I suggest that in the same way we talk about internalized sexism and racism and homophobia we must talk about internalized anti-Semitism. The pervasiveness of prejudices ensures that we have internalized the messages we see about women and minorities. This may manifest in many ways, such as when women dislike gender non-conforming women, or when African-Americans uphold white privilege.

It is the same with the Jews and the Jewish State of Israel. All people have internalized age-old prejudices against Jewish people and it is revealed when the topic of Israel is raised, and especially when Israel dares to defend itself with physical and military force. This observation is not meant to shut down dialogue and debate about Israel. Rather, it is a call to be mindful of how internalized anti-Semitism plays a significant role in how we react to Israel’s actions, how we judge the Jewish state, and how we analyze the conflict between Israel and the Palestinians. . . .

Internalized anti-Semitism encourages ferocious rage against Israel and Israelis, a level of rage expressed against no other people. It permits the viewing of Israel as uniquely racist and oppressive and evil, instead of being seen as ordinary or all too human. Even what I would call “soft” or “positive” anti-Semitism encourages double standards and unfairly heightened expectations for Israel which faces extraordinary challenges from an enemy lacking morality.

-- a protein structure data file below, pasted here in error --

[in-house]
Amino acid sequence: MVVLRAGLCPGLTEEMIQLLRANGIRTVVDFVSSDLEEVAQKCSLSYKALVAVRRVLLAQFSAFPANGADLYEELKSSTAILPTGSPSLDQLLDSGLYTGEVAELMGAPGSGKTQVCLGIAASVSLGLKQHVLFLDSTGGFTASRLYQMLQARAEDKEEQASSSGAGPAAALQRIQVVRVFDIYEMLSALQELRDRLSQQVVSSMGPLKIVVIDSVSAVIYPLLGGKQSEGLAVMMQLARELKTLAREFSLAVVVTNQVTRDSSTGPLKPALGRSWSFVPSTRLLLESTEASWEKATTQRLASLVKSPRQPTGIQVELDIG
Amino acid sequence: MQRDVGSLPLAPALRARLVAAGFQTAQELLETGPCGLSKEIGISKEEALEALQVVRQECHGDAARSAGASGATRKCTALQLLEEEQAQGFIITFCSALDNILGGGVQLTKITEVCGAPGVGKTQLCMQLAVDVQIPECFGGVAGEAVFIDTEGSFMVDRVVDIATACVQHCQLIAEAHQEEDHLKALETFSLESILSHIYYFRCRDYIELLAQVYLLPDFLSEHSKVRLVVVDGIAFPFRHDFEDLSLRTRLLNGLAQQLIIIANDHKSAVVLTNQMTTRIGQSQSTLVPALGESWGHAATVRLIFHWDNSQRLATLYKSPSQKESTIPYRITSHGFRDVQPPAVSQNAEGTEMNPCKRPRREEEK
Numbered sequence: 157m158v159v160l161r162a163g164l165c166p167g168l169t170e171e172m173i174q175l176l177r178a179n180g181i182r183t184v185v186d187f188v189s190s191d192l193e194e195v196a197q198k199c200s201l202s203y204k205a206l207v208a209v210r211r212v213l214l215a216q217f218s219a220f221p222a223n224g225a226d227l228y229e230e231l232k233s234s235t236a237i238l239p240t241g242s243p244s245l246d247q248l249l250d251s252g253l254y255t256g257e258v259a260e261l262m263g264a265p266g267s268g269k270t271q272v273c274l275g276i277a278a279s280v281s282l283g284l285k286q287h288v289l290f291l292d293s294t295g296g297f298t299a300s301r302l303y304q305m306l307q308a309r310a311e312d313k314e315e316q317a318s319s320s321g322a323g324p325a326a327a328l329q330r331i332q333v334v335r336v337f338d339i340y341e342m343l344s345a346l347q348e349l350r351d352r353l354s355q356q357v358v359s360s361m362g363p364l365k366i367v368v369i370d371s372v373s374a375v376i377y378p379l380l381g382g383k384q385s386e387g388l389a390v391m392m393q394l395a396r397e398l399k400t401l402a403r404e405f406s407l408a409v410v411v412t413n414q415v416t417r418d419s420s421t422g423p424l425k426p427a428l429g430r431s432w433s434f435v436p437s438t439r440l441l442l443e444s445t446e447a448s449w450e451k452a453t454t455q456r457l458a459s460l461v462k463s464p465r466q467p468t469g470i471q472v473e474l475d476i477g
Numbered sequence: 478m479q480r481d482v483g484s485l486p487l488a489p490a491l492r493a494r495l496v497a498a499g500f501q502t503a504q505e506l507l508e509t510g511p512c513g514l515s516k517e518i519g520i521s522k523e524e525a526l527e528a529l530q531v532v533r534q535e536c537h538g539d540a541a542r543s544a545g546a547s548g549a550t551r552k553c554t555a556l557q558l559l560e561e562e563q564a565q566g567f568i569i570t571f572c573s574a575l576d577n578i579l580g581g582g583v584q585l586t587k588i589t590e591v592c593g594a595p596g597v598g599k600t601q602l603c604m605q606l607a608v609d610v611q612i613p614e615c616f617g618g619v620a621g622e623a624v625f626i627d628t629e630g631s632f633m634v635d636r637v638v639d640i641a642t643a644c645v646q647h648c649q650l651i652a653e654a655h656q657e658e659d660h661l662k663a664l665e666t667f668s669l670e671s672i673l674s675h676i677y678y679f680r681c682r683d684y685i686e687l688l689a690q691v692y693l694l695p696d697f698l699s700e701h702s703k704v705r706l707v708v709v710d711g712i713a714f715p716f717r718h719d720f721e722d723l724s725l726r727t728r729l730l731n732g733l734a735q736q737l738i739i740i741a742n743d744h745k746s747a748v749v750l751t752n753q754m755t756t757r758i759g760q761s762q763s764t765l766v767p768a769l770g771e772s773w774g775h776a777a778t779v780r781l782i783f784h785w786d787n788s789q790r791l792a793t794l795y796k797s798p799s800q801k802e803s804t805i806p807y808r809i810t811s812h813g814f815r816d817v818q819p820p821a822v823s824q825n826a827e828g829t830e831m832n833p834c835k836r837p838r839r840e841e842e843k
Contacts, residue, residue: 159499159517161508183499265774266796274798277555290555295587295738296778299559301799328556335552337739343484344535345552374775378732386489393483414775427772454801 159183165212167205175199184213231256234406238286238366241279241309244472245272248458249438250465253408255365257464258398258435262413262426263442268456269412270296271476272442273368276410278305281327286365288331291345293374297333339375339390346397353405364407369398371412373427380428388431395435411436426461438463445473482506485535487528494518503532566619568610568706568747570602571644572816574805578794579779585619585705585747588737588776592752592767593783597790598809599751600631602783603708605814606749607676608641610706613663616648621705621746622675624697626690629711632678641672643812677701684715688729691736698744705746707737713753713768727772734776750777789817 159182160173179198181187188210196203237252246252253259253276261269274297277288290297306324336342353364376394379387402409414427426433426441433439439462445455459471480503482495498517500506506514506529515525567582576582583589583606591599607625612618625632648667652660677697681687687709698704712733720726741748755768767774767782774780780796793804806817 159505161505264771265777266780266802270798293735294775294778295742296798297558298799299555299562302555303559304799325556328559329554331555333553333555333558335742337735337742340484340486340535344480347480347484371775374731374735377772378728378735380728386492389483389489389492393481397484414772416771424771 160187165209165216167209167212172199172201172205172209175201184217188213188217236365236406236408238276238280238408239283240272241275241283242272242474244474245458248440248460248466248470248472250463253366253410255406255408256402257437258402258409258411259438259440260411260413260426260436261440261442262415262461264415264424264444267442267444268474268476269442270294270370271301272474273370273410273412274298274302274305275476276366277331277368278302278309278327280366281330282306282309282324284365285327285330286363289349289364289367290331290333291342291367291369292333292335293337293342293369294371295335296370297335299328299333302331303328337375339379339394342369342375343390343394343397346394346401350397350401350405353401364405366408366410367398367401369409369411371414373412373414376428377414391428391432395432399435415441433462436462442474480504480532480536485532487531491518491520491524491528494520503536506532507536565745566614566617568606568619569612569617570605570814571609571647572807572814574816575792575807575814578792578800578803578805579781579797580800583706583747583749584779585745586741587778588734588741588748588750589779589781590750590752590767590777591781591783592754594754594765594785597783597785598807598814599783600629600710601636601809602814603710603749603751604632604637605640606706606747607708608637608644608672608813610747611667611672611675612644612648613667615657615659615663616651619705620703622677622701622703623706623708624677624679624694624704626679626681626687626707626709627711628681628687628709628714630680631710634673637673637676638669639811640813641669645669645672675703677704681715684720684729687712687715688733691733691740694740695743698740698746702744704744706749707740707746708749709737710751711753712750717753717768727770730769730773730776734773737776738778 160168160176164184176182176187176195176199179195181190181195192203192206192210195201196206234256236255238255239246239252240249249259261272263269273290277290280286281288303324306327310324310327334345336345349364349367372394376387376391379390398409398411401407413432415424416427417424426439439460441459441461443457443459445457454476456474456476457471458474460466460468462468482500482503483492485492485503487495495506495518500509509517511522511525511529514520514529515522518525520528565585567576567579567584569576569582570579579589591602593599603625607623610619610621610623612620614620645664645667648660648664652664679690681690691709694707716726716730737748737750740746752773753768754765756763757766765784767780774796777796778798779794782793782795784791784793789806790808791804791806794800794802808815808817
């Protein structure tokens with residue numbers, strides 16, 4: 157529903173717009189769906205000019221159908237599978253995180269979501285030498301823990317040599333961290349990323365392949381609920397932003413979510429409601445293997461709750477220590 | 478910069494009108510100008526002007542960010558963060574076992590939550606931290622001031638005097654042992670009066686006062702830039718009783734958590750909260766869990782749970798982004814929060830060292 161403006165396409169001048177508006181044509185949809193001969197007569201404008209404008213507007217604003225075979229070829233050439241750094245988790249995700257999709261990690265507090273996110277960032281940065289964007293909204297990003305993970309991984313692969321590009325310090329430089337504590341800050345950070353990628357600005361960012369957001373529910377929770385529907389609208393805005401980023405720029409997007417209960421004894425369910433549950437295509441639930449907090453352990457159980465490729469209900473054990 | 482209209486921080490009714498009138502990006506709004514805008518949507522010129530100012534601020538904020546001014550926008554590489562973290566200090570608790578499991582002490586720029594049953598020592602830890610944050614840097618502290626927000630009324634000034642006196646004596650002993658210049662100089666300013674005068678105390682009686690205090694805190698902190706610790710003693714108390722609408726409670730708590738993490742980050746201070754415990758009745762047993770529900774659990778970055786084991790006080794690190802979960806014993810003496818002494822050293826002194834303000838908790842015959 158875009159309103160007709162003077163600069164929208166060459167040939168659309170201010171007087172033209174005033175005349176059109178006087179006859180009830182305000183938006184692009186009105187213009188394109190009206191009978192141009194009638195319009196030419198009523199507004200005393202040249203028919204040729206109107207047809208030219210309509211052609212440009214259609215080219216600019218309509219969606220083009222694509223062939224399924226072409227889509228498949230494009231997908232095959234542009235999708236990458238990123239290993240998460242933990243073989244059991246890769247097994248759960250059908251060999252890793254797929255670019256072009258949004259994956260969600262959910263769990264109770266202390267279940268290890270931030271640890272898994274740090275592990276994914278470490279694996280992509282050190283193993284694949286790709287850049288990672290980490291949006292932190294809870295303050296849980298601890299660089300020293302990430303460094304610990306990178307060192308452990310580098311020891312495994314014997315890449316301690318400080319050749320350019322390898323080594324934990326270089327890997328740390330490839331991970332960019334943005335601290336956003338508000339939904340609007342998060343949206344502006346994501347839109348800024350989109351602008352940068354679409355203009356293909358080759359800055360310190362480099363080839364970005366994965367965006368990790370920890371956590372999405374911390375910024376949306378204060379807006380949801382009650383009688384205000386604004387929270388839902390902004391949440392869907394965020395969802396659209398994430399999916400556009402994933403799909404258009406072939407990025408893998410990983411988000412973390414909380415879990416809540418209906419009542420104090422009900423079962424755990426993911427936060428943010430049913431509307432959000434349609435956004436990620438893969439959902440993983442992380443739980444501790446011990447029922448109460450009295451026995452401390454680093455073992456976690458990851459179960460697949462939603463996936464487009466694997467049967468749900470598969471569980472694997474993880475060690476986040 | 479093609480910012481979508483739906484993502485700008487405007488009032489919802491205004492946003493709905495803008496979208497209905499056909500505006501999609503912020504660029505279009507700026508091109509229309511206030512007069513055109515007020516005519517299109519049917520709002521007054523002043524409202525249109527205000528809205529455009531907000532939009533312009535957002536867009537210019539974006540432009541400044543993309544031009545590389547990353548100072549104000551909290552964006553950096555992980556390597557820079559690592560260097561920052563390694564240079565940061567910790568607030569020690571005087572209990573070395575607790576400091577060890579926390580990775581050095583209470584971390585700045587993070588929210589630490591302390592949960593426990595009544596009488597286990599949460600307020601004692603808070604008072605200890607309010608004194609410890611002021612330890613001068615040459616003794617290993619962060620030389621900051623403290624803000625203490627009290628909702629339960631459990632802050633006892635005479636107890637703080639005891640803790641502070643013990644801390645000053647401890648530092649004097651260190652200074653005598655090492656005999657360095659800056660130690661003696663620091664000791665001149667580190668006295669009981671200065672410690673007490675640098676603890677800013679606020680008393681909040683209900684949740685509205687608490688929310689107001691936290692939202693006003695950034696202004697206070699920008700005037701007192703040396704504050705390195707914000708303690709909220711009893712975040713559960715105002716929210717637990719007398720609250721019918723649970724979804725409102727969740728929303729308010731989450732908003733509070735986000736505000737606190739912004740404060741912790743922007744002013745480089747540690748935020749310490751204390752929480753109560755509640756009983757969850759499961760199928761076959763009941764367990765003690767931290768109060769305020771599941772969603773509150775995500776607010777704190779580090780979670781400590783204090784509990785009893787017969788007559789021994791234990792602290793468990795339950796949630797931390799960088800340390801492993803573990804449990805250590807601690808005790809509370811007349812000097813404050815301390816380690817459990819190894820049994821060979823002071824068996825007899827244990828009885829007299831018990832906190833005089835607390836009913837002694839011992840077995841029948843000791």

Unfortunately, Chesler’s call has not been heeded.

I’m not a psychologist and I can’t speculate as to the causes of this phenomenon. Whatever the reason, we’ve known for some time that this problem exists, often going under the name “self-hatred.” In Jews Against Themselves, Edward Alexander discusses how this problem has existed for centuries. Those who suffer from this infirmity are now, as they have historically, causing problems for the wider Jewish community.

It is high time for our community leaders to recognize that, while disagreements among Jews will always exist, there are boundaries of acceptable discourse. It is time for our community leaders to recognize and address the internalized anti-Semitism that causes Jews to lead the way in bigotry against their own people. It is causing too much damage to Jews, both in the US and in Israel, to be permitted to continue unexamined.

33 thoughts on “American Jewish Leaders Must Address Internalized Anti-Semitism In The Community”